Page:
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02-05-2020 -

Shot on VENICE - Turkish Airlines Super Bowl Spot

By: Jeff Berlin

The Super Bowl is about much more than football. Indeed for many, the ads are also a huge draw, with big brands spending big bucks for the attention of a very big audience. This year, a 30 second slot of airtime cost $5.6M. One of the ads, a stunner for Turkish Airlines, was shot on the Sony VENICE with Hawk and Lomo anamorphic lenses by cinematographer Khalid Mohtaseb.

“Since the project was shooting in four countries, Jordan, Turkey, Indonesia and Iceland, when it came to choosing the right camera, we decided to go with the VENICE and Rialto extension system because of VENICE’s versatility. There were locations, such as the waterfall and cave in Indonesia, that were extremely physically challenging to get to. The crew and all the gear had to be lowered down using a rope pulley system, and to get to the waterfall we had to hike for hours down a super-sketchy 400 meter makeshift trail. Considering these challenges, the Rialto was the perfect tool for these kinds of locations.”

“The Dual Base ISO came in handy as well. For most of the night scenes, I lit them in a very minimal way and utilized 2500 Base ISO, shooting at 3200 ISO. That footage seemed no different from the images shot at 500 ISO, and that’s what really amazes me about this camera, that the image is never compromised no matter the ISO.”

Khalid and his team shot with two cameras the entire time, though not simultaneously. Each camera, recording in X-OCN XT, was built differently and was always ready to go, allowing Khalid and his team to move quickly. One VENICE was built in studio mode and was primarily on a Technocrane, dolly, or arm.

The second VENICE was built with the Rialto extension system, and that camera was the workhorse of the shoot. The Rialto was mounted almost exclusively to an Arri Maxima 3-Axis Gimbal, but once in a while the Rialto would jump off the gimbal and go handheld. Khalid and his crew found a very fast way to go from the Maxima to handheld, and by the end of the shoot the crew was able to go back and forth, from Maxima to handheld, in under 2 minutes.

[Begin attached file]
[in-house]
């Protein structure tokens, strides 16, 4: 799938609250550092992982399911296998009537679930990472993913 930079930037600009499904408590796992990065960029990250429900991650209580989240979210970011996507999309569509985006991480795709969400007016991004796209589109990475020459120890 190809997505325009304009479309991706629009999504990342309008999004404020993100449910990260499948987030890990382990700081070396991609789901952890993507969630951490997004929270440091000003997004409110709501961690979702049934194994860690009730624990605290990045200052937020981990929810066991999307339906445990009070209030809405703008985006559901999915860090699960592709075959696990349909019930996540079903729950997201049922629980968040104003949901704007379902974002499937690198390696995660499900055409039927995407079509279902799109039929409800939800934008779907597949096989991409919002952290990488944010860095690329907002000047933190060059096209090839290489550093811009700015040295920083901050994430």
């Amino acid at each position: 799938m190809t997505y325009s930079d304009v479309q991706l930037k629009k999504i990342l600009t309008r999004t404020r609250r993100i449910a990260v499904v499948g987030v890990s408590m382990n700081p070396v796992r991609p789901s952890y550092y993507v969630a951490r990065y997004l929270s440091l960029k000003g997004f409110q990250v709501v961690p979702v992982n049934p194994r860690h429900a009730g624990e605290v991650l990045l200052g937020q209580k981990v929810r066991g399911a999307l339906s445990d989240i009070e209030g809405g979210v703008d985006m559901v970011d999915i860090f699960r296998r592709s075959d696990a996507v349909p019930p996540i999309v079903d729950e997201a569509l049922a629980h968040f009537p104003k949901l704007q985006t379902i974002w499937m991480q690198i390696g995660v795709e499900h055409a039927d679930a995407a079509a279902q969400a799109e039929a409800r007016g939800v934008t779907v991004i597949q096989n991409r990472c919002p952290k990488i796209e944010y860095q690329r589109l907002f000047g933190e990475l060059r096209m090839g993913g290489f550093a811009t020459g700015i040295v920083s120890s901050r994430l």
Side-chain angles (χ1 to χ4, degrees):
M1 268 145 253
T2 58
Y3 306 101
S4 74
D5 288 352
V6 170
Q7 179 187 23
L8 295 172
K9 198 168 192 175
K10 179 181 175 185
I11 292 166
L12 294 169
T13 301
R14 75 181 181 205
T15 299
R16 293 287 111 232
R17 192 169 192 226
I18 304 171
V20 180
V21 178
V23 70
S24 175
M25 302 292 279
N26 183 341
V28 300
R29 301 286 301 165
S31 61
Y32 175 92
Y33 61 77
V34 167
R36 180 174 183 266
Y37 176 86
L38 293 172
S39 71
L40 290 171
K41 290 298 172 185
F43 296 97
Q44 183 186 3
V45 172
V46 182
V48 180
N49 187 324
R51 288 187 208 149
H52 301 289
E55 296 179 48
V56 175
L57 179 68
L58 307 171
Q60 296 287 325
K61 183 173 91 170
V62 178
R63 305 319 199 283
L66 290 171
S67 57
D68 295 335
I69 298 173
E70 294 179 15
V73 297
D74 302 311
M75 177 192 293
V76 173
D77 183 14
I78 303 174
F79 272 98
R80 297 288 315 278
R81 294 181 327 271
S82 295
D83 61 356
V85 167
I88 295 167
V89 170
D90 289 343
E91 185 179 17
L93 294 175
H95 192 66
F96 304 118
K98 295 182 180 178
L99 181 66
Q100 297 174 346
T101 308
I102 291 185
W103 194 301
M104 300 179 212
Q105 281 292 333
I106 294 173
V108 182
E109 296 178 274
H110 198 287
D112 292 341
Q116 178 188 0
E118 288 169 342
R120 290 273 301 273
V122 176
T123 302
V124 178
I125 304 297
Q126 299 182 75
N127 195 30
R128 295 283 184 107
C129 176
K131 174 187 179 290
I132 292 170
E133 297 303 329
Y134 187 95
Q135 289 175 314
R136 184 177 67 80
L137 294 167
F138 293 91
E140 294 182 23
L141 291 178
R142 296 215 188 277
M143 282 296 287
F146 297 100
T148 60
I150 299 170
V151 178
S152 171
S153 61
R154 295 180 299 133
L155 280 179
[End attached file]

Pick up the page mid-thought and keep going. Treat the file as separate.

Khalid is a big fan of using Rialto with the Maxima system. “The Rialto and Maxima is a great combination. What I love the most about the Maxima is how fast it is. A bit of up and down balance and the gimbal is ready to go. We had minimal issues with it and we put it and the VENICE through some really extreme situations. Both held up really well. My camera operator, Ilya Akiyoshi, operated the gimbal and I would operate the head from the joystick, and that worked well.”

“It was a nine-day shoot so we were able to capture quite a bit of magic hour. When the light dropped too low to shoot at Base 500 ISO we’d switch over to the higher Base of 2500 ISO, and we even shot some images as high as 10,000 ISO, which gave us about another 10 minutes of shooting time. Over the course of the nine days we shot, that’s an additional 90 minutes of magic hour footage due to the VENICE’s capabilities. I keep finding new things to love about this camera and the images it produces.”

“I’ve now been shooting exclusively on the VENICE for roughly two years and am very comfortable with the image and how far it can be pushed, so on this project I wanted to push it even further, to really take it out of its comfort zones and see how it preforms. I love doing that when a camera becomes this easy to work with.”

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